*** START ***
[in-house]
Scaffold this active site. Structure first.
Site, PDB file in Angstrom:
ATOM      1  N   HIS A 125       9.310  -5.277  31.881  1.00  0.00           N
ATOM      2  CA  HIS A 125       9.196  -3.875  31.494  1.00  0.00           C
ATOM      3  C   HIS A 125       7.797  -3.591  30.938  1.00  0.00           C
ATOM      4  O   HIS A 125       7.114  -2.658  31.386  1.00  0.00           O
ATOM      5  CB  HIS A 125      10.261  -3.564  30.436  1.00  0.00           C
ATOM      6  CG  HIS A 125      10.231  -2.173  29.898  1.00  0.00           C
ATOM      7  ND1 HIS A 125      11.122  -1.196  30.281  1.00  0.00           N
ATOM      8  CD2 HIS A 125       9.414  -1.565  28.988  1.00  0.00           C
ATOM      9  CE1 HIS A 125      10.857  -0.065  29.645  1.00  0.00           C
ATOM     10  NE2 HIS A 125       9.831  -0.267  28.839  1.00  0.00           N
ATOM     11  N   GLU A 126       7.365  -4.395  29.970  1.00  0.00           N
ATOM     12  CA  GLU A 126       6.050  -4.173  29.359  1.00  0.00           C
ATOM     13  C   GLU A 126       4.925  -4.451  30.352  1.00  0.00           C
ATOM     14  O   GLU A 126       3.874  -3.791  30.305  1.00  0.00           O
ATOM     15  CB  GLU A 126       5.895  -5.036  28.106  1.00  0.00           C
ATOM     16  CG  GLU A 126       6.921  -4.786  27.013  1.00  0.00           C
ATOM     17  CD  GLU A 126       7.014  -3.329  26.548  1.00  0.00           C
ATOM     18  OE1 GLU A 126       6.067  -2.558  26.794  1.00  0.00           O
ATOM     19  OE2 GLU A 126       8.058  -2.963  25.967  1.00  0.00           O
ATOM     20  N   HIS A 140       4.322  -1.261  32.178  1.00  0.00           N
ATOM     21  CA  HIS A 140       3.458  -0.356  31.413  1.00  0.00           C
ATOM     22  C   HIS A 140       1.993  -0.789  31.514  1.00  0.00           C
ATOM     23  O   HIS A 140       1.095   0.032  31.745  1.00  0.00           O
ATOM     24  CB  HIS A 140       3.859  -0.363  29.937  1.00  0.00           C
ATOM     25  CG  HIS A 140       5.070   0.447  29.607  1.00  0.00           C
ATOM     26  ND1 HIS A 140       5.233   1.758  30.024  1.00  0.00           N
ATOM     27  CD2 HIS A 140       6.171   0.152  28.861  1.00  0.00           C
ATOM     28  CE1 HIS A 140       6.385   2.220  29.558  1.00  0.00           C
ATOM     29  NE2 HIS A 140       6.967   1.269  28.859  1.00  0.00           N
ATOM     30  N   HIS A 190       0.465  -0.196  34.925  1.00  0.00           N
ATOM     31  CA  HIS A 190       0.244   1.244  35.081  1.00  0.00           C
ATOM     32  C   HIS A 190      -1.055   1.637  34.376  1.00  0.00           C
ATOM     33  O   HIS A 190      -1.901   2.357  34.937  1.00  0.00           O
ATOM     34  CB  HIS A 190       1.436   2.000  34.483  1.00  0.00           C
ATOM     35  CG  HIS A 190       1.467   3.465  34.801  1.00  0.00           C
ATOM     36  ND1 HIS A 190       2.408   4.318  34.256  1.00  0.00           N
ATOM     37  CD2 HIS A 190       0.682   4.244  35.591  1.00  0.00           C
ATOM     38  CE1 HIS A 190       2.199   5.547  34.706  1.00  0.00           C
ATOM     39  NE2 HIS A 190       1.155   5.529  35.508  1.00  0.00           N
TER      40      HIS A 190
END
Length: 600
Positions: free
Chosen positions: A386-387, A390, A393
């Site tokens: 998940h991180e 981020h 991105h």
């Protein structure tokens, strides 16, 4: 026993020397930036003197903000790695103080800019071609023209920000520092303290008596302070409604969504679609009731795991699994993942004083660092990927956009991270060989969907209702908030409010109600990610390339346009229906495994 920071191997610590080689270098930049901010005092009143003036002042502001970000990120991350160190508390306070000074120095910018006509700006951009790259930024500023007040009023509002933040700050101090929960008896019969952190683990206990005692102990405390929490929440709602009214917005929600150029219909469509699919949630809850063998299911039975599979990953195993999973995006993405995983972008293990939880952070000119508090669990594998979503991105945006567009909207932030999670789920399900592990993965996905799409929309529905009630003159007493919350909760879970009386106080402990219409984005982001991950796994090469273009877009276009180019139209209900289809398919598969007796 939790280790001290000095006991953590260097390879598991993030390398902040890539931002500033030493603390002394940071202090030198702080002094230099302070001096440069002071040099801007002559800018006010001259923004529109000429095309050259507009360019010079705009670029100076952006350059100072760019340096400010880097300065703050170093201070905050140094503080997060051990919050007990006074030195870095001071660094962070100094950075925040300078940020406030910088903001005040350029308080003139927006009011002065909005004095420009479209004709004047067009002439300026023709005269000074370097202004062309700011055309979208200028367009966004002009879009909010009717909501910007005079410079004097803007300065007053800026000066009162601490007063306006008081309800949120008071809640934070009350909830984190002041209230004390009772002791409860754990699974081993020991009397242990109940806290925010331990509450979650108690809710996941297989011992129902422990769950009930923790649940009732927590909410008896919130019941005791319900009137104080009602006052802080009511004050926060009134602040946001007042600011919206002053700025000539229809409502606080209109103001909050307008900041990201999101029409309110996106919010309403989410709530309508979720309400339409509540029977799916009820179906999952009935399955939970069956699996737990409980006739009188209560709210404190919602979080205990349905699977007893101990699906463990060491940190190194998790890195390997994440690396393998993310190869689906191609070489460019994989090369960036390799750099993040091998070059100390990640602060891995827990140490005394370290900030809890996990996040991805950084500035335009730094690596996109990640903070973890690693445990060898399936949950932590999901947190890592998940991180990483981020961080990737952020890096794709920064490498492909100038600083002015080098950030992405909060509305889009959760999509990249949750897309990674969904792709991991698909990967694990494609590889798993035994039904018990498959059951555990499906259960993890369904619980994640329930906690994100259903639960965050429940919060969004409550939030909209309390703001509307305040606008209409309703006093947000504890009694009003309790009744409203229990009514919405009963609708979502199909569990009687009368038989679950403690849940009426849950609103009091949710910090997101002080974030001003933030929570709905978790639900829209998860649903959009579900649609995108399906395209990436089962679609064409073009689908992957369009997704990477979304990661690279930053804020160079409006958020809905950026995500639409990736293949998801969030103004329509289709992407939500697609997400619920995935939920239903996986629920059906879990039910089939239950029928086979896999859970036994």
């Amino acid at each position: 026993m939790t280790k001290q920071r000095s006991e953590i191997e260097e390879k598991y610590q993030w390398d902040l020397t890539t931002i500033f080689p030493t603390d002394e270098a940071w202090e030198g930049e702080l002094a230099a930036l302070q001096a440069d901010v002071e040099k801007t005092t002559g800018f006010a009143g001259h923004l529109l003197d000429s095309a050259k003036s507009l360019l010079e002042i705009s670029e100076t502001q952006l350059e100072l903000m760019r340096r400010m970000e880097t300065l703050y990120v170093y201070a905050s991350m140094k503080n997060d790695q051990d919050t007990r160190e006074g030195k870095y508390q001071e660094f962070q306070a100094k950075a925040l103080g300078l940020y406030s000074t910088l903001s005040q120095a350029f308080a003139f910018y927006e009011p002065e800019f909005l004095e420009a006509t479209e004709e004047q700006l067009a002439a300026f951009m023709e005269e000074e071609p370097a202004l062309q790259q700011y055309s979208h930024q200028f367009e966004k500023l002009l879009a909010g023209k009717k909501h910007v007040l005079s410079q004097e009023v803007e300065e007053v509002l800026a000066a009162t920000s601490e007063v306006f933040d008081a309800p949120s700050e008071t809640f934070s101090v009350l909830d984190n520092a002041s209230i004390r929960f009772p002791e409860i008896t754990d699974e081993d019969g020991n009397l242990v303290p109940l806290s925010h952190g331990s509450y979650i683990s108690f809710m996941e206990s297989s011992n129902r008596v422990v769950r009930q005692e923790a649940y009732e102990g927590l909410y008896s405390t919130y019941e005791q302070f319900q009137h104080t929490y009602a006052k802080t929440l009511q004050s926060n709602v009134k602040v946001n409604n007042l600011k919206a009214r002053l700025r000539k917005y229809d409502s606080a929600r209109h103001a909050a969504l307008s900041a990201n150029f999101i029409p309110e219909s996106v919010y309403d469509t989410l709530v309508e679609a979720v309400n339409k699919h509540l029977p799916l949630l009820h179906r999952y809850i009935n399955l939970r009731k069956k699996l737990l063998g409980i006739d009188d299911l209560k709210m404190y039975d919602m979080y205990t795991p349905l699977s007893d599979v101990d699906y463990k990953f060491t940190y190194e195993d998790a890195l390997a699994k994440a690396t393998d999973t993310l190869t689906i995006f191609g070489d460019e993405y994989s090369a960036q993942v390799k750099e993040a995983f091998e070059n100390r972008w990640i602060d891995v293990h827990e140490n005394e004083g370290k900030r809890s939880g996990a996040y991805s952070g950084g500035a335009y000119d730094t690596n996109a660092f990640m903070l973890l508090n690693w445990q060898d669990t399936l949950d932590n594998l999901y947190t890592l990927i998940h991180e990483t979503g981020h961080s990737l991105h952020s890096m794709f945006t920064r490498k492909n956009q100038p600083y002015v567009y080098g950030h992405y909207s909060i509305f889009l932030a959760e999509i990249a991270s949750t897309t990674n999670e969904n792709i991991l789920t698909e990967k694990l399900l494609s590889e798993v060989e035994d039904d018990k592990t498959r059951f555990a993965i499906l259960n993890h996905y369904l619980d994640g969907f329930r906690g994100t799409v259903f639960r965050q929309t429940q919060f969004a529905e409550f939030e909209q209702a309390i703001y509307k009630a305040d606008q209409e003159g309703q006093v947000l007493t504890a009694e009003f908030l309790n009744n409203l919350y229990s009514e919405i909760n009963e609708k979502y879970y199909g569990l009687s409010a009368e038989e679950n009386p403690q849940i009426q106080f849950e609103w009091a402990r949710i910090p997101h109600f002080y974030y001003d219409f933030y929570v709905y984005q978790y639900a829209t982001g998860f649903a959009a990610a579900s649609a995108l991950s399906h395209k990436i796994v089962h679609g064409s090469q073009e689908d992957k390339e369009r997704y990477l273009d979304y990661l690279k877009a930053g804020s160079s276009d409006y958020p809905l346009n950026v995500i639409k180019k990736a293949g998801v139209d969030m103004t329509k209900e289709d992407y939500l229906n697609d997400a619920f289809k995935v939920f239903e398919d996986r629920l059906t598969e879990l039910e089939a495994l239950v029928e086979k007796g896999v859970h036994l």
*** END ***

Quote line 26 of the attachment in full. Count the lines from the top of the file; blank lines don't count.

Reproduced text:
ATOM     23  O   HIS A 140       1.095   0.032  31.745  1.00  0.00           O